Last week I had the huge privilege of meeting various Pinder/Sanger relatives on a pilgrimage to see family graves at West Norwood and Brockley cemeteries in south London, including that of my great-great-grandparents, Samuel Lockhart (1825-1894) and Hannah Lockhart, née Pinder (1826-1910). As a result of the meeting I became aware of the book A Ticket to the Circus: A Pictorial History of the Incredible Ringlings, by Charles Philip Fox, published by Branhall House, New York, in 1959. As the subtitle suggests, this is a history of the Ringling Brothers’ Circus. It contains a couple of references to Sam and Hannah’s son, and my great-grandfather, Henry James Lockhart, generally known as Harry, who had worked for the Ringlings. On p. 145 we learn that Harry was a believer in phrenologising elephants:
‘Professor Lockhart, an Englishman who had a trained elephant act on the show in the 1890's wrote:- “Elephants are selected for training when young. The bumps on their heads are taken into consideration, for the phrenology of the elephant head is a sure index to character. A flat, low narrow head belongs to a vicious low-bred dangerous elephant. On the other hand, well rounded bumps over the eyes, a high forehead, and straight well-set eyes indicate intelligence and docility. Educating an elephant is like educating a child. You must begin training in childhood if you want them to be perfect at maturity. Patience, perseverance, and pluck are needed to train elephants.”’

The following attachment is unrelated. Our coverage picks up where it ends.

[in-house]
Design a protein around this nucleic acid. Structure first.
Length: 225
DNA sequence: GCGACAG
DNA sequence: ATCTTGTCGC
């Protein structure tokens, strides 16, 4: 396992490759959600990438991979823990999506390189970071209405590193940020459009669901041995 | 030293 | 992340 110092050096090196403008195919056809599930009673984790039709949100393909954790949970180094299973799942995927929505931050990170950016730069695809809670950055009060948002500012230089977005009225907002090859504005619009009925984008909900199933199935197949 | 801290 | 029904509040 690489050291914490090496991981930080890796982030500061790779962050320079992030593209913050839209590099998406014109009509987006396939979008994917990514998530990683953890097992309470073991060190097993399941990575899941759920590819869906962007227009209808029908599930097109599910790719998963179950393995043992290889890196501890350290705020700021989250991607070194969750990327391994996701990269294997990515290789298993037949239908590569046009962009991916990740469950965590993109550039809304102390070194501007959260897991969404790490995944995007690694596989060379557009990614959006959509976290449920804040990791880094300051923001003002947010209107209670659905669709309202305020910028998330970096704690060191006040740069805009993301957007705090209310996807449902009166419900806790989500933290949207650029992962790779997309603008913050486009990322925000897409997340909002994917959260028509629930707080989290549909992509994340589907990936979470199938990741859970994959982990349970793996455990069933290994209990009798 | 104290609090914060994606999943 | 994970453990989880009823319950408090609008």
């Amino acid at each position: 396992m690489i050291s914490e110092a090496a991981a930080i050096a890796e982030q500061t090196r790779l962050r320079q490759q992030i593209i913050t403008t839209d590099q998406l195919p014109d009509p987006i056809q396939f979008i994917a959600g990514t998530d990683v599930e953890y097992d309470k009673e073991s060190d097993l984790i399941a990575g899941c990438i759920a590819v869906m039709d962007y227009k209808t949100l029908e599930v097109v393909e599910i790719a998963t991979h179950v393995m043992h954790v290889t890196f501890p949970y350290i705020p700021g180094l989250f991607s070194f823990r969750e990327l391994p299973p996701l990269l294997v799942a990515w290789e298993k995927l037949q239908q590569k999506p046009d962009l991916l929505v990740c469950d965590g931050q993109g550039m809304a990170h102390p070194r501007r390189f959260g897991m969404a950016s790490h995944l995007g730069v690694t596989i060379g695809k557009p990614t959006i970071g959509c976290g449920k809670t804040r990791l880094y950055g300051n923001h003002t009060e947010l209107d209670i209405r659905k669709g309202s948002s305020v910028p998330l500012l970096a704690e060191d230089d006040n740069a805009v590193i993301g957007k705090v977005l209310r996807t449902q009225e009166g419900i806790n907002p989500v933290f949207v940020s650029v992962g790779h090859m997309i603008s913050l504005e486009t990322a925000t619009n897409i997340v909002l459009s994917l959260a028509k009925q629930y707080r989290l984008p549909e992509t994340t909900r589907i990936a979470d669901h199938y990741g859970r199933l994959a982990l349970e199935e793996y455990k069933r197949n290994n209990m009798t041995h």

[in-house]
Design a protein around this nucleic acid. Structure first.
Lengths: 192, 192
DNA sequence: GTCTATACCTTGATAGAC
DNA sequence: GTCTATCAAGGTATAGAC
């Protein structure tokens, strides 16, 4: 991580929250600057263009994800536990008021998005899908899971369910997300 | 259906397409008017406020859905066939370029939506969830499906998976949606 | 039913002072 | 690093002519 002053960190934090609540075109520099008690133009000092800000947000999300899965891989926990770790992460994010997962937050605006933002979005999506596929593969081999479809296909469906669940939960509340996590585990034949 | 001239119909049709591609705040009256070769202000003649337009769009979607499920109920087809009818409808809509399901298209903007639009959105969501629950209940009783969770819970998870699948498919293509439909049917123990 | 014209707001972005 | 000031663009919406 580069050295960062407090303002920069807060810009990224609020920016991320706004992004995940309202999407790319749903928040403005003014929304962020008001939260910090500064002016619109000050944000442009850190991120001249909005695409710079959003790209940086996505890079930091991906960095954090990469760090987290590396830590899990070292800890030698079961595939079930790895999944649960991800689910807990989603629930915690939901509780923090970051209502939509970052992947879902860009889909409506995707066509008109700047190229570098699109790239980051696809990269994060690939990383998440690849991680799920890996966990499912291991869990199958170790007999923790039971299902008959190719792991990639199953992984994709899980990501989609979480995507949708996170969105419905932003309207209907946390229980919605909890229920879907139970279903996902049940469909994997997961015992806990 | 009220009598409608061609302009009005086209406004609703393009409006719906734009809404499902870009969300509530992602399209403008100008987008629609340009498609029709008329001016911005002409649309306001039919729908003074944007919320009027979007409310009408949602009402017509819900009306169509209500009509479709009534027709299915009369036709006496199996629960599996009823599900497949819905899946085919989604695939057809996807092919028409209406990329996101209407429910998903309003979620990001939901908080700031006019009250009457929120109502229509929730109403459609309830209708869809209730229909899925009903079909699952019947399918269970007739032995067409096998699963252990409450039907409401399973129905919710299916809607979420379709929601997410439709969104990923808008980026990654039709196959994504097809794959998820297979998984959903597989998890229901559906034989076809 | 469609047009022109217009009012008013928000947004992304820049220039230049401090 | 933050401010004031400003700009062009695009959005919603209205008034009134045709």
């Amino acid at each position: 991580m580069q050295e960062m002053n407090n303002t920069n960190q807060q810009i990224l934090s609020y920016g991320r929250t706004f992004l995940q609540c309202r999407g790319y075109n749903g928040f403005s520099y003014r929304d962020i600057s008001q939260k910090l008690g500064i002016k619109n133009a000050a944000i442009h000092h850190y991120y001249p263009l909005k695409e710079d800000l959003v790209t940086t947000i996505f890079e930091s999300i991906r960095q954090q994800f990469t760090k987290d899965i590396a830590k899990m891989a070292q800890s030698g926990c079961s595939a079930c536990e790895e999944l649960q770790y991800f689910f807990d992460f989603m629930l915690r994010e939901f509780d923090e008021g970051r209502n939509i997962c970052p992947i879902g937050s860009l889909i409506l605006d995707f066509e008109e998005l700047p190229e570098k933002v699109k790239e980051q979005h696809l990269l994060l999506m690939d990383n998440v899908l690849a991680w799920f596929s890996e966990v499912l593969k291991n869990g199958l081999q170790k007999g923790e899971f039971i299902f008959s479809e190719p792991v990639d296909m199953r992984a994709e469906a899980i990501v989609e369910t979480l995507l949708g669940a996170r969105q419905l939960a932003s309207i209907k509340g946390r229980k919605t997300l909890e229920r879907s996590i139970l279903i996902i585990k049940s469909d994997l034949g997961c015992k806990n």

Harry had been characterised as a great joker by a journalist on the El Paso Herald, so the suspicion naturally arises that he was having a bit of fun by espousing the application of phrenology to elephants, though they certainly have enough bumps to read. Unfortunately no source for the quotation is given, so we don’t know where or when he wrote it. The reference to patience, perseverance and pluck though was probably said in all sincerity because Harry would have been conscious of the risks involved in training elephants; his brother George was killed in January 1904, crushed by an elephant at Walthamstow, a year before Harry’s own death.
The book also contains a rather wonderful photograph of Harry dwarfed by five elephants standing on barrels, captioned ‘Prof. Lockhart, an Englishman, had a great elephant act on the show in 1897.’ It’s not to everyone’s taste these days but it must have been a remarkable spectacle.